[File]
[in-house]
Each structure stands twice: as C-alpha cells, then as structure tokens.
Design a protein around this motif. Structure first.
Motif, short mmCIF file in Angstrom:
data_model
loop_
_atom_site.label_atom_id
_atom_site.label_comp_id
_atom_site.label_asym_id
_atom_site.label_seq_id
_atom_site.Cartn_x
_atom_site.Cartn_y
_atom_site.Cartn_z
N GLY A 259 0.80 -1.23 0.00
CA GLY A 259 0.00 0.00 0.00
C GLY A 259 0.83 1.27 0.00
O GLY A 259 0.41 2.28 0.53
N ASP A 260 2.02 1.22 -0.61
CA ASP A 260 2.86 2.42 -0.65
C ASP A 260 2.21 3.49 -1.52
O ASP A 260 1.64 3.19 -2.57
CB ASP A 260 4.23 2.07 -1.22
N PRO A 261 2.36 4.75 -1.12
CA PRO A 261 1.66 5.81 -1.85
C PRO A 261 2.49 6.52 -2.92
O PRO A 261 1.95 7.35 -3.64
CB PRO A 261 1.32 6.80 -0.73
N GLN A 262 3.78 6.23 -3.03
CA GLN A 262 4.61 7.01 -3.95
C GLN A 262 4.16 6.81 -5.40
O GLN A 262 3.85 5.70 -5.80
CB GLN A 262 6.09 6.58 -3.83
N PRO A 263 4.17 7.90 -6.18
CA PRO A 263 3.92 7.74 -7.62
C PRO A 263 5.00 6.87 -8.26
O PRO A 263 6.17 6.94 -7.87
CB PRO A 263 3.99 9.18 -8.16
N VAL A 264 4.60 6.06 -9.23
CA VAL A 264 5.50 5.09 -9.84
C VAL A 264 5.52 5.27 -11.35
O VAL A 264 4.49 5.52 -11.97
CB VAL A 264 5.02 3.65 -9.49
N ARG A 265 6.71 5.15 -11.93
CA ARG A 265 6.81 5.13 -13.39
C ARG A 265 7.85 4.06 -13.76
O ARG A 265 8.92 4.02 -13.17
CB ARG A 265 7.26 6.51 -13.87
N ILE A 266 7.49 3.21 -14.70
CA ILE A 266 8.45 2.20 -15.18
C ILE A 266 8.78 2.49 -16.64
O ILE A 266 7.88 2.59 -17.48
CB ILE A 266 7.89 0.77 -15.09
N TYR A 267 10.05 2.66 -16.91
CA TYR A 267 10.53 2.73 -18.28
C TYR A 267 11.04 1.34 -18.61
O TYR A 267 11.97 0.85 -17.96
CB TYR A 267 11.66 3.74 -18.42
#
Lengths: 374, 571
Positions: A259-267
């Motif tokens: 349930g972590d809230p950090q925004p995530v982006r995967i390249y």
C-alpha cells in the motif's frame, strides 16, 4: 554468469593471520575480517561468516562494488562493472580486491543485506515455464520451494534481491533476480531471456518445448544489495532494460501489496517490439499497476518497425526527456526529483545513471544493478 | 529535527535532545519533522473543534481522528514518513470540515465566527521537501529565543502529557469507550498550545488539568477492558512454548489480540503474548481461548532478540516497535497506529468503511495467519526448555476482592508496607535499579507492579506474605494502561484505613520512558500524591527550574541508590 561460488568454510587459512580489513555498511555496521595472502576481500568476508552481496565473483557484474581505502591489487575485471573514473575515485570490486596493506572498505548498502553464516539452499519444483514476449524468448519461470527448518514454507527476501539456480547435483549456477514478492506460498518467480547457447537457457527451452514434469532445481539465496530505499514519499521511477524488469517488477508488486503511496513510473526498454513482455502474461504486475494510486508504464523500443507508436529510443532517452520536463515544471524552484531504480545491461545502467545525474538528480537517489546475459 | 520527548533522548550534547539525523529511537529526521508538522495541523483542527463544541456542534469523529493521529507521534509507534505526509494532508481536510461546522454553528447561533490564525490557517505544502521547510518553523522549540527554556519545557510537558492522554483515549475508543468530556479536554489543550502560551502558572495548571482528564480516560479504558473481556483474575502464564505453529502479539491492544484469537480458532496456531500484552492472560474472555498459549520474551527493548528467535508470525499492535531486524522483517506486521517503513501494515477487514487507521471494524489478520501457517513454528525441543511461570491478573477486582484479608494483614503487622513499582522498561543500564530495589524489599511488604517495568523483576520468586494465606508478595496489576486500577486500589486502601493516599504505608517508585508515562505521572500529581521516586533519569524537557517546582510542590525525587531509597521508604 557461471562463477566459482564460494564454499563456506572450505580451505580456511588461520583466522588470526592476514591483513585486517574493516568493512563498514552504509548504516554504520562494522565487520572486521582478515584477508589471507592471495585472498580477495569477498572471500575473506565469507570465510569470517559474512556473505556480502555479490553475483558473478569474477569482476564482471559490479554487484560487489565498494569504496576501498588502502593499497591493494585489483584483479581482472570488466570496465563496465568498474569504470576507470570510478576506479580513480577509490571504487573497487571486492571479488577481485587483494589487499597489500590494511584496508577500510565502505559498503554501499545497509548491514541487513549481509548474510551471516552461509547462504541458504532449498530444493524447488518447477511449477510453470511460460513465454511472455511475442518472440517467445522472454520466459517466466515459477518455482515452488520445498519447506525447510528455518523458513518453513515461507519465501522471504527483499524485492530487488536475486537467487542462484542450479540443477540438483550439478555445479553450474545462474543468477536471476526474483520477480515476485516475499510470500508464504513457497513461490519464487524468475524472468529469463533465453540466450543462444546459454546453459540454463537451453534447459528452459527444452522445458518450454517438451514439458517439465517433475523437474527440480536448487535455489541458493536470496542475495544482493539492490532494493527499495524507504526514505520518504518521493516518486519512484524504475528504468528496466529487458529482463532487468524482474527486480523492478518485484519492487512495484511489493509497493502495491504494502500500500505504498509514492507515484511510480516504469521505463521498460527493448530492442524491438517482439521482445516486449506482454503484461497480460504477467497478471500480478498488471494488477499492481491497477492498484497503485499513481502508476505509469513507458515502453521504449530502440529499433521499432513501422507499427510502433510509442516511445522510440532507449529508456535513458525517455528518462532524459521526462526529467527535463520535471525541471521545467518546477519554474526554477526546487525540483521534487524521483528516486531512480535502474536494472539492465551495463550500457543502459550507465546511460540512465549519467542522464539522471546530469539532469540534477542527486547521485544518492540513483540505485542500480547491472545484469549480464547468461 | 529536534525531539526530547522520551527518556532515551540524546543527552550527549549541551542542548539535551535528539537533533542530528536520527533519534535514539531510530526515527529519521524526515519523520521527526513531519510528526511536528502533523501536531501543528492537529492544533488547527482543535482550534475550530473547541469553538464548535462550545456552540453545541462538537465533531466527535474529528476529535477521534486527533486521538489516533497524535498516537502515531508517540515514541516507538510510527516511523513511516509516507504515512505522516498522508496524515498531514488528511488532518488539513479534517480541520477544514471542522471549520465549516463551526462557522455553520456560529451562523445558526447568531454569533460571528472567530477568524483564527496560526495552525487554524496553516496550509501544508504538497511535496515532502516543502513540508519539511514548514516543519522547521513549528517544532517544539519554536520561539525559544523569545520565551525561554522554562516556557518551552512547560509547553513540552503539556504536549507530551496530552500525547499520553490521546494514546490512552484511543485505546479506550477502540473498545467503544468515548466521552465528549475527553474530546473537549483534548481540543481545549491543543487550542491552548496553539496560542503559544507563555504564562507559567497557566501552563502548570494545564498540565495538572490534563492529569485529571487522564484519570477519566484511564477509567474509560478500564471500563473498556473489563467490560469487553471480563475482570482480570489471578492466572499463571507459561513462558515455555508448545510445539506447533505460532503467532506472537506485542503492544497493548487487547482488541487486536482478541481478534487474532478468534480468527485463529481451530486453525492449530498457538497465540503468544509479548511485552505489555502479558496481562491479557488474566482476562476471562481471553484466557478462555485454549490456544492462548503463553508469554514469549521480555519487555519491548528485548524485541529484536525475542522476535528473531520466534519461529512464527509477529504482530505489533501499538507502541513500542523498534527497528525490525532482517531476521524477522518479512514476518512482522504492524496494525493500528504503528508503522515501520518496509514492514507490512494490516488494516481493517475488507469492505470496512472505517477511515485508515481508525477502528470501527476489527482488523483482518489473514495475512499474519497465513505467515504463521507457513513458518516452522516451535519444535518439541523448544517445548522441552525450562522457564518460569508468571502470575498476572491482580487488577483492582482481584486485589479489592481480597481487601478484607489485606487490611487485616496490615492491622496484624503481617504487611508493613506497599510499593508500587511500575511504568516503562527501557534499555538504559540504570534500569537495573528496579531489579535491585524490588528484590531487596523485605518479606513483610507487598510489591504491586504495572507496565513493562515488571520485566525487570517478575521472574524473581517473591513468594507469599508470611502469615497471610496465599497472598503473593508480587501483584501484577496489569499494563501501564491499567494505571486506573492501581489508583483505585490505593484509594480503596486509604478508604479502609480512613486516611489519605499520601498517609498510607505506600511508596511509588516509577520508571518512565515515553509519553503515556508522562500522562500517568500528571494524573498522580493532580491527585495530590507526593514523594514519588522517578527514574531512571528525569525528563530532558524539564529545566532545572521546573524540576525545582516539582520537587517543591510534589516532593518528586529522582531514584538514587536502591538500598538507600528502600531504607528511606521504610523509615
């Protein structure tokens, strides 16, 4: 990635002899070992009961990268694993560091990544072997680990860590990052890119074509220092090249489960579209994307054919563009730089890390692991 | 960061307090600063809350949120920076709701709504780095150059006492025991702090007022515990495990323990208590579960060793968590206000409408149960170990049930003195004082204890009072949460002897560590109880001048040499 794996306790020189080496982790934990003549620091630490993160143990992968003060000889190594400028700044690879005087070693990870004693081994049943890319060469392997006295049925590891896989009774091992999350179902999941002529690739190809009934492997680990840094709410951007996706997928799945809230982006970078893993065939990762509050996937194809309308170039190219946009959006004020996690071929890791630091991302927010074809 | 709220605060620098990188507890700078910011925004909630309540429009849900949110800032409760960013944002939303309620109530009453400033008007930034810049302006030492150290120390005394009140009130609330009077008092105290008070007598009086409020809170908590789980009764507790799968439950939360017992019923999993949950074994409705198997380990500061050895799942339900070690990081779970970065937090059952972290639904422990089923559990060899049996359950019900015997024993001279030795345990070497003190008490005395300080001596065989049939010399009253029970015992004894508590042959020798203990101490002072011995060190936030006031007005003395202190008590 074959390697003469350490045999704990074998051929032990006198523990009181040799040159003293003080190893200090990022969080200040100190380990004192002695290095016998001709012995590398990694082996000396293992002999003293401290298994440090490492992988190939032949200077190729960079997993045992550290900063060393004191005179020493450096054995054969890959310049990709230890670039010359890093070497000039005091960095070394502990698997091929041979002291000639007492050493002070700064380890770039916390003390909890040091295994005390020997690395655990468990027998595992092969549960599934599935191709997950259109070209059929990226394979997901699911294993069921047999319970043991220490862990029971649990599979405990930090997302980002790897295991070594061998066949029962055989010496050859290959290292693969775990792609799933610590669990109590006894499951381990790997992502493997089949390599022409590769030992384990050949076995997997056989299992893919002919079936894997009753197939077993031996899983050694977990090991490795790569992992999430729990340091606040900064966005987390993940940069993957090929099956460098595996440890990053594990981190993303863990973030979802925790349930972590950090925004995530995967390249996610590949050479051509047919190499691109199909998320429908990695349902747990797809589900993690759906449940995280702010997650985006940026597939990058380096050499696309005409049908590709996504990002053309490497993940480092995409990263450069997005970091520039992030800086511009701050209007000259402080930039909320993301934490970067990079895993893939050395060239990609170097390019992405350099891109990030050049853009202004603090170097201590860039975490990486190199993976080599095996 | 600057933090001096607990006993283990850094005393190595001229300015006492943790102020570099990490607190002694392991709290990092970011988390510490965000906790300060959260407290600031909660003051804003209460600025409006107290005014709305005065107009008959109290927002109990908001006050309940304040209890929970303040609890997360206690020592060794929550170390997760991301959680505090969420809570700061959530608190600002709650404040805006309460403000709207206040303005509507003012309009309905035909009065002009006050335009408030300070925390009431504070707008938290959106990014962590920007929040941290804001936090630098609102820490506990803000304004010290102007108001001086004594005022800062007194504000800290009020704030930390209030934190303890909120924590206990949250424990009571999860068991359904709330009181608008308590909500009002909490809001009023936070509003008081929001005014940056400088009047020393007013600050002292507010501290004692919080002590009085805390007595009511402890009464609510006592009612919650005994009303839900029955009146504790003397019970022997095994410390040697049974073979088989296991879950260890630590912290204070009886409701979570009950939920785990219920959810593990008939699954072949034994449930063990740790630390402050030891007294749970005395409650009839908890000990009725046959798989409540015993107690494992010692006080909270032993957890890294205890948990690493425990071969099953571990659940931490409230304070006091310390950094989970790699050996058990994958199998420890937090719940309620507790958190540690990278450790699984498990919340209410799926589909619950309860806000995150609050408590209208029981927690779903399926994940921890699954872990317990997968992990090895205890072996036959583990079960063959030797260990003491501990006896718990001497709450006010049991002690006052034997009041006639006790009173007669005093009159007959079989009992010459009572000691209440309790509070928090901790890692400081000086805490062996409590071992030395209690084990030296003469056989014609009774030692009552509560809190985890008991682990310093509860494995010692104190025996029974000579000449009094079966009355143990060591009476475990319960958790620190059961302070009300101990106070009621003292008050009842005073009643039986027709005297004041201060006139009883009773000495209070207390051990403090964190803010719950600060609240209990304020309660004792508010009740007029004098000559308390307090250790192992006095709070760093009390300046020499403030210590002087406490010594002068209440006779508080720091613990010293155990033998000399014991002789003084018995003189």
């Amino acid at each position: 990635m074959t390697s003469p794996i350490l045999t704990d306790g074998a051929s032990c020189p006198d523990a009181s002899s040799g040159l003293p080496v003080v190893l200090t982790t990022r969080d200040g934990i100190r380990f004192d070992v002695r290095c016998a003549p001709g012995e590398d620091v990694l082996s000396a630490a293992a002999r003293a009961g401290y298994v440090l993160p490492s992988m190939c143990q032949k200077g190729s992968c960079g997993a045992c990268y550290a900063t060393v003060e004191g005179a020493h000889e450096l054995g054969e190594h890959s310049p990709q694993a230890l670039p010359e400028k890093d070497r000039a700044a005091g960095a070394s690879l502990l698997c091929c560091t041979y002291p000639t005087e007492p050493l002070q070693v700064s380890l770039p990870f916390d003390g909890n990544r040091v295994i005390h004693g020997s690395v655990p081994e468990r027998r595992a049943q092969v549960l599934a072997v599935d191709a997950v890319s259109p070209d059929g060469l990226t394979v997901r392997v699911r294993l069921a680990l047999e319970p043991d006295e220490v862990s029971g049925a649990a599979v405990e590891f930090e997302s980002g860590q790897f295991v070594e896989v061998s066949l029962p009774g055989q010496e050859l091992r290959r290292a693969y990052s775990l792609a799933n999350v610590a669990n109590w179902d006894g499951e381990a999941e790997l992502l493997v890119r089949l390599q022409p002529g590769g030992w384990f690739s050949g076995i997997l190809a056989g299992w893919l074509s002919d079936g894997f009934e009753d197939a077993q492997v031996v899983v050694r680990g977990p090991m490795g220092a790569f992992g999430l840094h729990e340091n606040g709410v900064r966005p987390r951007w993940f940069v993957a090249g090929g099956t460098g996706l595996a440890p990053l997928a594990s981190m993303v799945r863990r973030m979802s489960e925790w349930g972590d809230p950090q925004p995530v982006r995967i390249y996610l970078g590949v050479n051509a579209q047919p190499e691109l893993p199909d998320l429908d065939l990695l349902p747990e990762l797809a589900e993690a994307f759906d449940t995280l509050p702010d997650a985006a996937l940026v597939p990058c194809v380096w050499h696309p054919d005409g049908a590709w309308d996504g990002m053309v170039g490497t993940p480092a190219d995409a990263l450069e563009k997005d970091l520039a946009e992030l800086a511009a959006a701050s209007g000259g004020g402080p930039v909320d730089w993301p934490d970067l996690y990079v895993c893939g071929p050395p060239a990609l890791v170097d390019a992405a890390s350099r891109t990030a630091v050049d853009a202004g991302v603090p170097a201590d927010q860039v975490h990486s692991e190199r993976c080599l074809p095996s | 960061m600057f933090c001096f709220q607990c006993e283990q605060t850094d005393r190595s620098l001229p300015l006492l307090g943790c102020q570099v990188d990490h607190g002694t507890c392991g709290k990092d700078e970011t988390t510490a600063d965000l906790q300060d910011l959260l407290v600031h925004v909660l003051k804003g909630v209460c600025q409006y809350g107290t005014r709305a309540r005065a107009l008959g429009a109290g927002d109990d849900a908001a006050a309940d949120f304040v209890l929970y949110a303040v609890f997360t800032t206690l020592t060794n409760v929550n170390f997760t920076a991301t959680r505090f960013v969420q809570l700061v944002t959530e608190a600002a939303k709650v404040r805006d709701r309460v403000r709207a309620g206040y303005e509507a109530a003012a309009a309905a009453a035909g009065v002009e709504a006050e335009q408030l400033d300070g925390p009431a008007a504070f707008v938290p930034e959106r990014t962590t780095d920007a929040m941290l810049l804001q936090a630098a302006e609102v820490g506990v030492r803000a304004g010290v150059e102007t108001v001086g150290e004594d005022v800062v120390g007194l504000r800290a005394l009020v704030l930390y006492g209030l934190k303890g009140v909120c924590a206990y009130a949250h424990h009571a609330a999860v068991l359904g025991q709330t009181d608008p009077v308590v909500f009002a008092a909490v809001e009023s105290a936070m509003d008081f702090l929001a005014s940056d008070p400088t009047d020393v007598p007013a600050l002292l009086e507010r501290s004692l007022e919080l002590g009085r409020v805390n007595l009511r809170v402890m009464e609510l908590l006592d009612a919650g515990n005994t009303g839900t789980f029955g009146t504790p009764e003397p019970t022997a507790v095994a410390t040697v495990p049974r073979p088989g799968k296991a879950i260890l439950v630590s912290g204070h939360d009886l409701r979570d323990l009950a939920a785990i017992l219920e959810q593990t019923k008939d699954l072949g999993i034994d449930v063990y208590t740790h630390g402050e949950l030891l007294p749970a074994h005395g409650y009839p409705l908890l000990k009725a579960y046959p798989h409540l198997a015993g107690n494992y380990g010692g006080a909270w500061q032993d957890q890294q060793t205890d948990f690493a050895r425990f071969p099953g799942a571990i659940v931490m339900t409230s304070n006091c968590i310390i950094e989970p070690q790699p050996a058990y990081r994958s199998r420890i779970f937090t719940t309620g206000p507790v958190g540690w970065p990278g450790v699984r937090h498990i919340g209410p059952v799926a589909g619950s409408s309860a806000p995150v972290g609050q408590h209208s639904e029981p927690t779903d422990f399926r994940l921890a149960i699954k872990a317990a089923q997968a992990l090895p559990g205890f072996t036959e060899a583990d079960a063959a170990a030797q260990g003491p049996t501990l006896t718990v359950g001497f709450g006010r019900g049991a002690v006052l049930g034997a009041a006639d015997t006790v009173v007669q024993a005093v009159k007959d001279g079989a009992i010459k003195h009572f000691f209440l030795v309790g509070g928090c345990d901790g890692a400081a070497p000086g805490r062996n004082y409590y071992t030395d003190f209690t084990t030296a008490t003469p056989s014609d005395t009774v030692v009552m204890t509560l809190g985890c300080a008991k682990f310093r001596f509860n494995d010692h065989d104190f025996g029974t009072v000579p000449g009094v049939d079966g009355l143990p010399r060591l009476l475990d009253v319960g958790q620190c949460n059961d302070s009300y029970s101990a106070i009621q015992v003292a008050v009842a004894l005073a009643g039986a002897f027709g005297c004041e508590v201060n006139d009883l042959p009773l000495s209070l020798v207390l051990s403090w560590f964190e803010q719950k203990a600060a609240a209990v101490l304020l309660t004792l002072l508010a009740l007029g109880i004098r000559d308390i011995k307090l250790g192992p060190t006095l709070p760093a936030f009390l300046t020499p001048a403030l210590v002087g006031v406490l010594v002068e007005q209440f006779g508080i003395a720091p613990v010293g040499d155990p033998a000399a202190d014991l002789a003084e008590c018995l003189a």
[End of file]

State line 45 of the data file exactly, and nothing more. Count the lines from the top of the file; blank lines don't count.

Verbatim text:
C ARG A 265 7.85 4.06 -13.76